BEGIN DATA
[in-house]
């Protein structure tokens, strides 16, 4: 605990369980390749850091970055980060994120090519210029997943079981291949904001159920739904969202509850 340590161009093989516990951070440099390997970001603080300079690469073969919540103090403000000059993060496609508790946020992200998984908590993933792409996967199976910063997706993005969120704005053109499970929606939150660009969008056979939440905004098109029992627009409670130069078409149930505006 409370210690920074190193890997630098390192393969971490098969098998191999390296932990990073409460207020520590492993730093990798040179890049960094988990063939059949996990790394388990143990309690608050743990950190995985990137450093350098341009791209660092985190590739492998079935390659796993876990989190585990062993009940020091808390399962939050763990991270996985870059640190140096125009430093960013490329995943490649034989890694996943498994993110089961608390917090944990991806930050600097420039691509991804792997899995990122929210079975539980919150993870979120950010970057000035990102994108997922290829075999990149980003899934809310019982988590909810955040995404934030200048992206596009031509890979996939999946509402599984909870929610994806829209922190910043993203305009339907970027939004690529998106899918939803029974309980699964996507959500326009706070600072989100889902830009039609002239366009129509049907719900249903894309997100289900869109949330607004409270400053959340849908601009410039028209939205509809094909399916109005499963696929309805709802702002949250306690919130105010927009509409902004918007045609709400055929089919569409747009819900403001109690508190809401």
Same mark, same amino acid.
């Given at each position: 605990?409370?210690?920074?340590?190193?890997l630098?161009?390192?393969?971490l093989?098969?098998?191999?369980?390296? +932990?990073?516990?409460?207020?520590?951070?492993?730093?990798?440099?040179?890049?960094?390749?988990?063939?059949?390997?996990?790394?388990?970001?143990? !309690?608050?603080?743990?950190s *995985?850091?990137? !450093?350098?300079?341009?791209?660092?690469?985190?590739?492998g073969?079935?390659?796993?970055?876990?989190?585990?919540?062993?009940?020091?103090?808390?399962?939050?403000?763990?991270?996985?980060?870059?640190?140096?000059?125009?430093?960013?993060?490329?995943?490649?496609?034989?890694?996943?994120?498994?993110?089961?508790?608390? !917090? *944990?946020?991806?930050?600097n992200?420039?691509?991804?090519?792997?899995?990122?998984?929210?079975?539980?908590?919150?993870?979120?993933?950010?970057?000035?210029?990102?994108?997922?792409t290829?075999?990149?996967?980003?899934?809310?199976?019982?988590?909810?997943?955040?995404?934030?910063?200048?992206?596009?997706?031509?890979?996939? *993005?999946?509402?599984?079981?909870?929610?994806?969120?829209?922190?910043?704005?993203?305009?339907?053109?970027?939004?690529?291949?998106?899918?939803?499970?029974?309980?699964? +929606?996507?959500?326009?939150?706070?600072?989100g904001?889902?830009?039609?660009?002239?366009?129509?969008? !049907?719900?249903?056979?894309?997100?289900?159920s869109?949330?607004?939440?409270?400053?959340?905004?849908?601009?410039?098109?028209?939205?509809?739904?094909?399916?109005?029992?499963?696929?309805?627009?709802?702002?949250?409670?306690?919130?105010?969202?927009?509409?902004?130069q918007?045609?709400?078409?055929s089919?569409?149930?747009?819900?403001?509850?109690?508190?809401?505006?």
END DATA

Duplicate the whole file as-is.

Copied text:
[in-house]
């Protein structure tokens, strides 16, 4: 605990369980390749850091970055980060994120090519210029997943079981291949904001159920739904969202509850 340590161009093989516990951070440099390997970001603080300079690469073969919540103090403000000059993060496609508790946020992200998984908590993933792409996967199976910063997706993005969120704005053109499970929606939150660009969008056979939440905004098109029992627009409670130069078409149930505006 409370210690920074190193890997630098390192393969971490098969098998191999390296932990990073409460207020520590492993730093990798040179890049960094988990063939059949996990790394388990143990309690608050743990950190995985990137450093350098341009791209660092985190590739492998079935390659796993876990989190585990062993009940020091808390399962939050763990991270996985870059640190140096125009430093960013490329995943490649034989890694996943498994993110089961608390917090944990991806930050600097420039691509991804792997899995990122929210079975539980919150993870979120950010970057000035990102994108997922290829075999990149980003899934809310019982988590909810955040995404934030200048992206596009031509890979996939999946509402599984909870929610994806829209922190910043993203305009339907970027939004690529998106899918939803029974309980699964996507959500326009706070600072989100889902830009039609002239366009129509049907719900249903894309997100289900869109949330607004409270400053959340849908601009410039028209939205509809094909399916109005499963696929309805709802702002949250306690919130105010927009509409902004918007045609709400055929089919569409747009819900403001109690508190809401």
Same mark, same amino acid.
């Given at each position: 605990?409370?210690?920074?340590?190193?890997l630098?161009?390192?393969?971490l093989?098969?098998?191999?369980?390296? +932990?990073?516990?409460?207020?520590?951070?492993?730093?990798?440099?040179?890049?960094?390749?988990?063939?059949?390997?996990?790394?388990?970001?143990? !309690?608050?603080?743990?950190s *995985?850091?990137? !450093?350098?300079?341009?791209?660092?690469?985190?590739?492998g073969?079935?390659?796993?970055?876990?989190?585990?919540?062993?009940?020091?103090?808390?399962?939050?403000?763990?991270?996985?980060?870059?640190?140096?000059?125009?430093?960013?993060?490329?995943?490649?496609?034989?890694?996943?994120?498994?993110?089961?508790?608390? !917090? *944990?946020?991806?930050?600097n992200?420039?691509?991804?090519?792997?899995?990122?998984?929210?079975?539980?908590?919150?993870?979120?993933?950010?970057?000035?210029?990102?994108?997922?792409t290829?075999?990149?996967?980003?899934?809310?199976?019982?988590?909810?997943?955040?995404?934030?910063?200048?992206?596009?997706?031509?890979?996939? *993005?999946?509402?599984?079981?909870?929610?994806?969120?829209?922190?910043?704005?993203?305009?339907?053109?970027?939004?690529?291949?998106?899918?939803?499970?029974?309980?699964? +929606?996507?959500?326009?939150?706070?600072?989100g904001?889902?830009?039609?660009?002239?366009?129509?969008? !049907?719900?249903?056979?894309?997100?289900?159920s869109?949330?607004?939440?409270?400053?959340?905004?849908?601009?410039?098109?028209?939205?509809?739904?094909?399916?109005?029992?499963?696929?309805?627009?709802?702002?949250?409670?306690?919130?105010?969202?927009?509409?902004?130069q918007?045609?709400?078409?055929s089919?569409?149930?747009?819900?403001?509850?109690?508190?809401?505006?």